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An Island VaCAY ... in Alameda

It's not really summer unless you're on an island and getting blitzed on some type of blended drink. Maybe a little brain freeze, too. The bad news in the East Bay, however, is that there's no tropical island with fine-sand beaches. Sorry. But there's Alameda — actual island! — and the tiki and blended drinks at Forbidden Island not only fit the bill, but they're also very much respected in the local bartending scene. Forbidden is a dimly lit, shotgun-style bar with a ridiculous selection of classic island dranks and tiki sippers. If you want a big-ass cauldron of straight-to-the-dome, blended fruity goodness, try the Chamborlada (a piña colada variant with raspberry Chambord floater ($13). Or, stay true to the 510 with a Classic Mai Tai, which the owners of Forbidden note was created right here in Oakland at the original Trader Vic's. 1304 Lincoln Avenue, Alameda, 510-749-0332, (NM)

Beat the Heat With Spicy Chili Oil

It may seem like a paradox, but eating a fiery meal on a hot day can actually help you cool down. It's all in the sweat. Find the spiciest of spicy Chinese food at Chengdu Style Restaurant, which specializes in Sichuan cuisine. Try the Sichuan jelly noodle with chili sauce ($5.95), which isn't really a noodle dish at all. The slippery, chunky strands of translucent jelly are made from mung beans and served cold, swimming in bright-red, Sichuan peppercorn-packed chili oil. Prepare for a mouth-numbing effect so distracting that you probably won't even notice your internal temperature shift. 2600 Bancroft Way, Berkeley, 510-845-5807, (JB)

Cool Down with Taro-Flavored Snow

I like ice cream as much as the next person. But for the handful of days each summer when East Bay temperatures crack the mid-80s, it might be instructive to look at the frozen-dessert innovations of countries that are, you know, legitimately hot. Take the island nation of Taiwan, where the summers are as brutal as the food is delicious, and where something called "snow ice" has long been a fixture on the dessert scene. The idea is to take giant blocks of what is essentially rock-hard ice cream and shave it into paper-thin ribbons. You wind up with a dessert that's creamy, delicate, and incredibly refreshing — it melts on your tongue like real snow. Here in the East Bay, try Vampire Penguin, the downtown Berkeley outpost of a Sacramento-based chain, for interesting toppings and Sanrio-like cutesy Asian kitsch. The globally inspired snow ice menu includes a reinterpretation of a chili-spiked Mexican fruit cup and a delightful take on Filipino halo-halo — taro-flavored "snow" topped with condensed milk, taro paste, jackfruit, and caramel-y leche flan. 2575 Telegraph Ave., Berkeley, (LT)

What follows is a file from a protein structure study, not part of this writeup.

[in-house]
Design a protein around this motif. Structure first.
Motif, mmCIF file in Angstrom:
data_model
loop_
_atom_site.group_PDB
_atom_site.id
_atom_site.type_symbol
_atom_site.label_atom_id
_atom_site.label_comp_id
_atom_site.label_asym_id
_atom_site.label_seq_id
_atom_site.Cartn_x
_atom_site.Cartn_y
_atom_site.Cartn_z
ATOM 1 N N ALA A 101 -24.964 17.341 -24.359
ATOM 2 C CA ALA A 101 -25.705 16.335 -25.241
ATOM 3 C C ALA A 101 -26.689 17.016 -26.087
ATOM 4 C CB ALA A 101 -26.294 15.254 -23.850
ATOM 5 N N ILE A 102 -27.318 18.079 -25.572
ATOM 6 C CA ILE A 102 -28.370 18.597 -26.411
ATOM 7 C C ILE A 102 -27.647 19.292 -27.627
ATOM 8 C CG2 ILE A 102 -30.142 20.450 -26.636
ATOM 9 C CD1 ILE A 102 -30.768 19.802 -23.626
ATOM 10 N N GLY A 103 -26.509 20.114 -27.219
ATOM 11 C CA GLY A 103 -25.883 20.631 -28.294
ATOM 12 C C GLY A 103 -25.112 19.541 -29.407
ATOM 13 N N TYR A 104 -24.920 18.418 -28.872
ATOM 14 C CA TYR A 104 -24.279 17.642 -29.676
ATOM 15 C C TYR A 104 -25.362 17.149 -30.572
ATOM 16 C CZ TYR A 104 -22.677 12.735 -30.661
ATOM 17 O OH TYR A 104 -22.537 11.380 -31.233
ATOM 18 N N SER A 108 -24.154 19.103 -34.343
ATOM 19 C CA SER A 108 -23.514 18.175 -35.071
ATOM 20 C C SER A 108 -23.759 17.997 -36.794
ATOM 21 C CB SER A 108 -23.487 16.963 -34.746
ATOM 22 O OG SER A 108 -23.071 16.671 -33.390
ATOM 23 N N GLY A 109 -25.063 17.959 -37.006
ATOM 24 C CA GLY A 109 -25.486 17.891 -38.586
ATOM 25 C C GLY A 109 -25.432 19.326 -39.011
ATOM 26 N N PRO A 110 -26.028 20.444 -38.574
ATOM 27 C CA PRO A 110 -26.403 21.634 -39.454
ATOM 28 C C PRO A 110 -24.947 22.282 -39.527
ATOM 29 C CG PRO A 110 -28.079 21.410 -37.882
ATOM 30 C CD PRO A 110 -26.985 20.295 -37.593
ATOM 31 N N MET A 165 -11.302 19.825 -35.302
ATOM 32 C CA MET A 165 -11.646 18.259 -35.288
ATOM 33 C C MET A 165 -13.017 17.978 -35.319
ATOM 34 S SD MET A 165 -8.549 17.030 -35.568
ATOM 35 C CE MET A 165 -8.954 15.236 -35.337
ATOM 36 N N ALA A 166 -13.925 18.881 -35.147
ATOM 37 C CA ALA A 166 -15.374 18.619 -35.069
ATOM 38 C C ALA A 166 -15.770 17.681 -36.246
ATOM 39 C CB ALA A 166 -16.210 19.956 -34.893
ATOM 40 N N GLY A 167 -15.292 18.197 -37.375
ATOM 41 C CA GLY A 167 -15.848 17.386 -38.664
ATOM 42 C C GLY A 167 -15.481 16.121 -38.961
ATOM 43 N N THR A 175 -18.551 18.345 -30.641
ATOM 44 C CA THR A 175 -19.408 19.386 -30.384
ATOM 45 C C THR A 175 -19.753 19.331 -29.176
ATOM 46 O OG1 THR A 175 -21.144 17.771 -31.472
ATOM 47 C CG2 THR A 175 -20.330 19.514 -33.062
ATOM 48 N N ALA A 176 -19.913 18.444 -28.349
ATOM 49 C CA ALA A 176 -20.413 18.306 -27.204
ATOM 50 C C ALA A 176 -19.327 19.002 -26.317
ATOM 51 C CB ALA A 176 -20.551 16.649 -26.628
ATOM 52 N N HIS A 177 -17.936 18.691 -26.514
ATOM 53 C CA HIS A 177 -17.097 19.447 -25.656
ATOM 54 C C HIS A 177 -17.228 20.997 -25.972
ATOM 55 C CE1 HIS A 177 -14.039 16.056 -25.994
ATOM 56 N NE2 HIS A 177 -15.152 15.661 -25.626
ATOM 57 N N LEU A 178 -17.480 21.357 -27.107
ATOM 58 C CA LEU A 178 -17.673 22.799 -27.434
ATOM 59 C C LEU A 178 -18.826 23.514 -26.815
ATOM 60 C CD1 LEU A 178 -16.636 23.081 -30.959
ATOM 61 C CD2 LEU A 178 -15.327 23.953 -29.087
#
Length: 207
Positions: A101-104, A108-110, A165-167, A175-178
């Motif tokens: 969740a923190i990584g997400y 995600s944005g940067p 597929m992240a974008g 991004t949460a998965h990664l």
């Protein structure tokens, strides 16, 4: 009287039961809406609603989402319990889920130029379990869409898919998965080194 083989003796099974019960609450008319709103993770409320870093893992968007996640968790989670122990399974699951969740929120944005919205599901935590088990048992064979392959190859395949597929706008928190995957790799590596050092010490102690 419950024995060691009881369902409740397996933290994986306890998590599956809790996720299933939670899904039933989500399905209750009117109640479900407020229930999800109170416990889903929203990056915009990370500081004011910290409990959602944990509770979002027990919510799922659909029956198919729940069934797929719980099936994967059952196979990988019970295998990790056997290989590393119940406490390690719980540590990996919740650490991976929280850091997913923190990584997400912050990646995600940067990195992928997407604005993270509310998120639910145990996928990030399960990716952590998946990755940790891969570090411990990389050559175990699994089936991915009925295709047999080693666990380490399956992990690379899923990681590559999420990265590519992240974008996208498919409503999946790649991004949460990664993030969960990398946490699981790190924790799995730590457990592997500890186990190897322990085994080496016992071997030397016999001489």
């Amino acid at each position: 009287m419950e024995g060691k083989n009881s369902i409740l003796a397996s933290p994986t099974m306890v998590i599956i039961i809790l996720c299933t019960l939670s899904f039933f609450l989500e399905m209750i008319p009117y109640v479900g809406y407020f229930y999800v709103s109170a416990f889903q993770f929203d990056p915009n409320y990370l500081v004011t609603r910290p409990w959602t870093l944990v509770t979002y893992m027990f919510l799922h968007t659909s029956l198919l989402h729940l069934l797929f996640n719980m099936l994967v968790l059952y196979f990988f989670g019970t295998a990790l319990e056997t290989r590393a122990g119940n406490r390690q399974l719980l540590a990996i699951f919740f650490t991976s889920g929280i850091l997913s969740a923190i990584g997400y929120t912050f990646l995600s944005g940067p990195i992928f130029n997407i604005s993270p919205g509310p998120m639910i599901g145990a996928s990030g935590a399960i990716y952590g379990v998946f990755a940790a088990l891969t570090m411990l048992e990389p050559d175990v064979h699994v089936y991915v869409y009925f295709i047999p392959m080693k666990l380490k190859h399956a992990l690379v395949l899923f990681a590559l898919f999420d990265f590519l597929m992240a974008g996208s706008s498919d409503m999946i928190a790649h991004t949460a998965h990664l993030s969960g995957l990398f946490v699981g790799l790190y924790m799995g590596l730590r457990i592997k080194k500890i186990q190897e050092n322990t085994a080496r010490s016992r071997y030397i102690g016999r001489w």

Sip a Summer Tea That Refreshes

With lightly sweetened, creamy tea, and pleasingly chewy tapioca pearls, boba tea — otherwise known as bubble tea — makes for an ideal summertime snack. But with so many boba shops in the East Bay — and so many mediocre ones to weed through — choosing a destination can feel overwhelming. And once you've done that, you have to choose from a menu vaguely detailing as many as 50 options. For something beyond the standard milk-tea-with-boba-please order, try the mango sago pomelo ($4.95) from Taiwanese chain iTea. Modeled off the popular Hong Kong dessert, this simultaneously rich and refreshing drink features mango, pomelo, and coconut milk blended up, plus fresh mango chunks and sago pearls, which look and feel like teeny-tiny tapioca balls. The only downside? The line that perpetually wraps outside iTea's door. Don't be too discouraged, though: There's hardly any space inside the actual storefront, so what you see is what you're dealing with. 388 Ninth Street, Suite 125A, in Oakland; 510-882-2228. (JB)

Let it Ride at a Food Truck Party

For the more jaded food adventurers among us, the novelty of the food-truck rally may have worn off a while back. But that doesn't mean Off the Grid and other events of its ilk — wherein four or five mobile food vendors get together to sling tacos and chill — haven't become a beloved part of the East Bay's social fabric. That's especially true during the summer, when an impromptu food-truck picnic makes for an appealing dining option. In the East Bay, Off the Grid's Friday night event at the Oakland Museum of California is the blockbuster of these street-food events, with as many as twenty participating trucks, plus family-friendly dance lessons and half-price museum admission. But don't sleep on Bites Off Broadway, the other major Friday night event, which takes the crown for the kid-friendliest and most low-key food truck gathering. Off the Grid is every Friday, 5–10 p.m., at 1000 Oak Street in Oakland; Bites Off Broadway is Friday nights, 5:30–8:30 p.m., at 365 45th Street in Oakland. (LT)


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